Go Daddy’s CIO Augustine Goldman, through an official blog post explained the events that lead to the site’s breakdown. It confirmed that a series of perfect storm of network failures were responsible for the outage, and that the site was not hacked.

In the blog post, Goldman answered that the DNS server of the company answers about 10 billion DNS queries everyday, over 41 million DNS zones.

The September 10 event, says Goldman, “pushed many of our routers beyond their capabilities.”

“There was not a single issue that caused the service disruption,” writes Goldman. “Rather, it was the combination of multiple factors. The combined factors that contributed to the service disruption were: Router memory exhaustion; Router hardware failure modes; Containment.”

The investigation report said that Go Daddy’s routing hardware failed to transfer a very large routing table to the Forwarding Information Base. The routing hardware fell back to software switching mode and the routers’ CPUs did not transfer the packets.

“Within minutes of the beginning of the event, a recovery procedure was executed and the errant routes were removed from the routing protocol of all of our routers,” writes Goldman. “The procedure relied on a standard response from the routers’ software – remove the routes from the FIB and begin forwarding in hardware again. This coupled with normal tiered DNS caching should have minimized any service disruption that could possibly have been caused by the change. This timeout mechanism did not execute.”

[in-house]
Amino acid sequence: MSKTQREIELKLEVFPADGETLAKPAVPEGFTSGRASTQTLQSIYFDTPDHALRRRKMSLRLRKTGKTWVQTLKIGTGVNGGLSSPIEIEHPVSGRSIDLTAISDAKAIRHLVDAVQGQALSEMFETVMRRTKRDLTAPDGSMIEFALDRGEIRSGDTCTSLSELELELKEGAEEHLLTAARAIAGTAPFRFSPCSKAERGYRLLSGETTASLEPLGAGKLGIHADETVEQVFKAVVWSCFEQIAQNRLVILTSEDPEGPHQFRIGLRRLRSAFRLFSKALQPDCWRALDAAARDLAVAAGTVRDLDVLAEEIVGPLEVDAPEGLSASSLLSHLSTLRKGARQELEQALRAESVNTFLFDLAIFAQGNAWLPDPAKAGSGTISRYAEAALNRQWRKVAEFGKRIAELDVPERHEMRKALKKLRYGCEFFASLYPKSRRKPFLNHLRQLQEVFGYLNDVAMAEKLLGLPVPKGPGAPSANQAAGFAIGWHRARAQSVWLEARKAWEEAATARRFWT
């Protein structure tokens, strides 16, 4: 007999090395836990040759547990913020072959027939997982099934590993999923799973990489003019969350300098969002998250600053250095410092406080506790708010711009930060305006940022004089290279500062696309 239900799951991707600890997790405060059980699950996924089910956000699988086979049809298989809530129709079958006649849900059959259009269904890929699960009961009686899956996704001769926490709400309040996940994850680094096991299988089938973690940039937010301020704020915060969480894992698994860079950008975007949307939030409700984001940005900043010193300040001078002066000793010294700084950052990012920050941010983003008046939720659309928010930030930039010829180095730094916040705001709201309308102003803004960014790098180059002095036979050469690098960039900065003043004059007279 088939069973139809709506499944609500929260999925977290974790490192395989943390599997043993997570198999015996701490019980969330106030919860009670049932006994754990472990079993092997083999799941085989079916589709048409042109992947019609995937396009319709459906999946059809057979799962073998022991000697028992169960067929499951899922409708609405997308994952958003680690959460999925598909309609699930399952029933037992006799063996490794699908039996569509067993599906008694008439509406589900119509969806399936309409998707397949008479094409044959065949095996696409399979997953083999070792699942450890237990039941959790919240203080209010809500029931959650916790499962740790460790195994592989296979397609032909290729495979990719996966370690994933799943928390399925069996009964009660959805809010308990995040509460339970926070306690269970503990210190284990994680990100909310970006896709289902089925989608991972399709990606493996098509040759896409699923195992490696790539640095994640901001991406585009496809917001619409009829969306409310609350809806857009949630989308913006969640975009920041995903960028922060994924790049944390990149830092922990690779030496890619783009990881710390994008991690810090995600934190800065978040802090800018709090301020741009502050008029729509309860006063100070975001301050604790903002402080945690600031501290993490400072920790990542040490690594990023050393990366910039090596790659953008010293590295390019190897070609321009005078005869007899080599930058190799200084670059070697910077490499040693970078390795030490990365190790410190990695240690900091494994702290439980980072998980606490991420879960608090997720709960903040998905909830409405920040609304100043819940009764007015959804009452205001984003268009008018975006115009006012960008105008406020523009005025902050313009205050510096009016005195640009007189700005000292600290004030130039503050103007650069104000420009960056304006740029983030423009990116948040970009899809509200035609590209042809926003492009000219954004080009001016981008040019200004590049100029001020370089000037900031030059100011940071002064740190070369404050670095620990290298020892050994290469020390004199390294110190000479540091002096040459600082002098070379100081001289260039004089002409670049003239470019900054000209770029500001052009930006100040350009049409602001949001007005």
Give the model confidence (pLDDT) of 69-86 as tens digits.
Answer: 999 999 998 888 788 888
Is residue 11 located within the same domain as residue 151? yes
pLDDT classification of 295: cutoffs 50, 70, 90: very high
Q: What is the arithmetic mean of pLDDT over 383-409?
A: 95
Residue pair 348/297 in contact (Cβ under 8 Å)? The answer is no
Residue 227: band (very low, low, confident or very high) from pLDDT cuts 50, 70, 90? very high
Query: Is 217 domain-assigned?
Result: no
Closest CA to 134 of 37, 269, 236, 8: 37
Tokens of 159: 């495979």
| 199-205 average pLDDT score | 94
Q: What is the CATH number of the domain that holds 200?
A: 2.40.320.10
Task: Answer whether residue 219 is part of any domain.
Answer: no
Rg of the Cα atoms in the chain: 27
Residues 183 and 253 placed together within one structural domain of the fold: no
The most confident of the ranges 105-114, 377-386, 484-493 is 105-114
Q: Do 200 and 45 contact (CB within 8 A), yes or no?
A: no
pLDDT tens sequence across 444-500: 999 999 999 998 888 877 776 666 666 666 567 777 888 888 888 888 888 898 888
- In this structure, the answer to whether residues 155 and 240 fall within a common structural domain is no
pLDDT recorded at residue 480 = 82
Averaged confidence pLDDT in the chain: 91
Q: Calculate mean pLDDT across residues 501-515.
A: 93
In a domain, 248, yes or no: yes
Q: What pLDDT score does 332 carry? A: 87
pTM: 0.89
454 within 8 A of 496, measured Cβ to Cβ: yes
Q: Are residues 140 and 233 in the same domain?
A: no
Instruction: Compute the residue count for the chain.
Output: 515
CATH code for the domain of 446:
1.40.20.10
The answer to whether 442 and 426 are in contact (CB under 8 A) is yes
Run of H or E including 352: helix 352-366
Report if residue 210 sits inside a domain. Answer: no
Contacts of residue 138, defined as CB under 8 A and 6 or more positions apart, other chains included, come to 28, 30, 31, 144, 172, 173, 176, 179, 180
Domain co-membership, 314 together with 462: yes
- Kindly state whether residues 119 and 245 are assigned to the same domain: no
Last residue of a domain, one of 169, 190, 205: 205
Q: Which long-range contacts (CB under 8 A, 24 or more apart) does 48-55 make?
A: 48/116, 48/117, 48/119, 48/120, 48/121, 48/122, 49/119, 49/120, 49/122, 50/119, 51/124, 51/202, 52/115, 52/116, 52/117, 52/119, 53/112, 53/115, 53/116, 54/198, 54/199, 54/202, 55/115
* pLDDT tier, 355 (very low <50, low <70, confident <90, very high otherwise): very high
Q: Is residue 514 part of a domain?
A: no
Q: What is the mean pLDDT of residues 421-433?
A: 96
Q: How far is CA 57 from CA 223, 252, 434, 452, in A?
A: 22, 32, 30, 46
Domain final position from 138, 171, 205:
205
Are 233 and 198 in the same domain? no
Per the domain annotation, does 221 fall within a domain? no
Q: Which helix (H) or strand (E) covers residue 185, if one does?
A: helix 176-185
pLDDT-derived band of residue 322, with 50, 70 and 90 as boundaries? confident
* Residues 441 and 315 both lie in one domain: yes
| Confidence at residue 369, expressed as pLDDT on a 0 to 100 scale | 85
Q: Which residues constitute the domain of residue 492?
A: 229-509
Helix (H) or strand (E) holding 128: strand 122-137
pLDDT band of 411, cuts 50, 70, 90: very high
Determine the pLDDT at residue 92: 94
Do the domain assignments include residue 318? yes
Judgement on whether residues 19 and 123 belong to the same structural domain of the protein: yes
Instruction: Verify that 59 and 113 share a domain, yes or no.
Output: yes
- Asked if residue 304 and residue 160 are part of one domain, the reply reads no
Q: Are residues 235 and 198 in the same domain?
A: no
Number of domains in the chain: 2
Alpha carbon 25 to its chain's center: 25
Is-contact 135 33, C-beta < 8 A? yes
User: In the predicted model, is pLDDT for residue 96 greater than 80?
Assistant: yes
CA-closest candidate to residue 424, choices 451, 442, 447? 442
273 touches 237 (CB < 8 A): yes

Go Daddy says it has filtered routing information from the network, and has restored the routing table. It restored services as it brought back the pods online.

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After five months of launching the cloud server product in May, Go Daddy has closed the new model. It has preferred to just continue with its traditional products and services.

The cloud services were called ‘pay-as-you-go’ and were launched in the month of May, this year.

The link to the cloud services page was redirected to the home page. But last week, the cloud services were still active.

“After reviewing all of our hosting products, we decided to double-down on our shared hosting and site builder products and invest to win in these spaces,” Harris quotes from the letter. “As part of this focus, we will discontinue Cloud Servers as a stand-alone product.”

Go Daddy remained unavailable for comment; the CIO of the company Augustine Goldman confirmed the news.

“We are focused on SMBs and SMBs don’t use our Cloud Servers product the way we are offering it now. So, in the weeks ahead, it won’t be a stand-alone product in and of itself. However, we plan to continue developing cloud technology into our other hosted products,” he wrote. “We will continue to support existing Cloud Server customers in a variety of ways.”

Go Daddy is the first hosting company to have officially withdrawn its cloud services after joining the race with the other hosting providers. Many web hosting giants popularized their cloud products, like Amazon with their highly successful EC2 product.

This move by Go Daddy has created a stir in the market and has lead to reports that the traditional hosting providers are not well equipped to compete with the cloud server markets.

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